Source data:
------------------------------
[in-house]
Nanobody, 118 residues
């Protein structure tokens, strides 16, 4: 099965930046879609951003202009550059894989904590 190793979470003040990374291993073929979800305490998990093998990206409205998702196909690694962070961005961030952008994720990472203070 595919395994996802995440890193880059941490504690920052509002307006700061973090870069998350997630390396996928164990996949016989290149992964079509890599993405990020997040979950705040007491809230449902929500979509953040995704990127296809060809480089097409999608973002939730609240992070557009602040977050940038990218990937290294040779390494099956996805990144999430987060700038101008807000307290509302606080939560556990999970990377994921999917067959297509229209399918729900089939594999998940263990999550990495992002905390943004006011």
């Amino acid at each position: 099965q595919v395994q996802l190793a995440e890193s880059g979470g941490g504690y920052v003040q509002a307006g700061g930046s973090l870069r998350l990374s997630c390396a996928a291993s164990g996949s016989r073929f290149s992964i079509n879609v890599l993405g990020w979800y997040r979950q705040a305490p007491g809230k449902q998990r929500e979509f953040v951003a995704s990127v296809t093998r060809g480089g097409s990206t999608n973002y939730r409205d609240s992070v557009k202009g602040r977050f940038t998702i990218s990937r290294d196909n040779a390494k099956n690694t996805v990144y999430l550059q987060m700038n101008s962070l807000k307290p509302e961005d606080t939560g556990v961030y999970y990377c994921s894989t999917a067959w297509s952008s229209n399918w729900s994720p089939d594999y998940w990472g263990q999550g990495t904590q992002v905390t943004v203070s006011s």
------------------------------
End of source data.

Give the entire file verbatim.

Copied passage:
[in-house]
Nanobody, 118 residues
């Protein structure tokens, strides 16, 4: 099965930046879609951003202009550059894989904590 190793979470003040990374291993073929979800305490998990093998990206409205998702196909690694962070961005961030952008994720990472203070 595919395994996802995440890193880059941490504690920052509002307006700061973090870069998350997630390396996928164990996949016989290149992964079509890599993405990020997040979950705040007491809230449902929500979509953040995704990127296809060809480089097409999608973002939730609240992070557009602040977050940038990218990937290294040779390494099956996805990144999430987060700038101008807000307290509302606080939560556990999970990377994921999917067959297509229209399918729900089939594999998940263990999550990495992002905390943004006011």
């Amino acid at each position: 099965q595919v395994q996802l190793a995440e890193s880059g979470g941490g504690y920052v003040q509002a307006g700061g930046s973090l870069r998350l990374s997630c390396a996928a291993s164990g996949s016989r073929f290149s992964i079509n879609v890599l993405g990020w979800y997040r979950q705040a305490p007491g809230k449902q998990r929500e979509f953040v951003a995704s990127v296809t093998r060809g480089g097409s990206t999608n973002y939730r409205d609240s992070v557009k202009g602040r977050f940038t998702i990218s990937r290294d196909n040779a390494k099956n690694t996805v990144y999430l550059q987060m700038n101008s962070l807000k307290p509302e961005d606080t939560g556990v961030y999970y990377c994921s894989t999917a067959w297509s952008s229209n399918w729900s994720p089939d594999y998940w990472g263990q999550g990495t904590q992002v905390t943004v203070s006011s």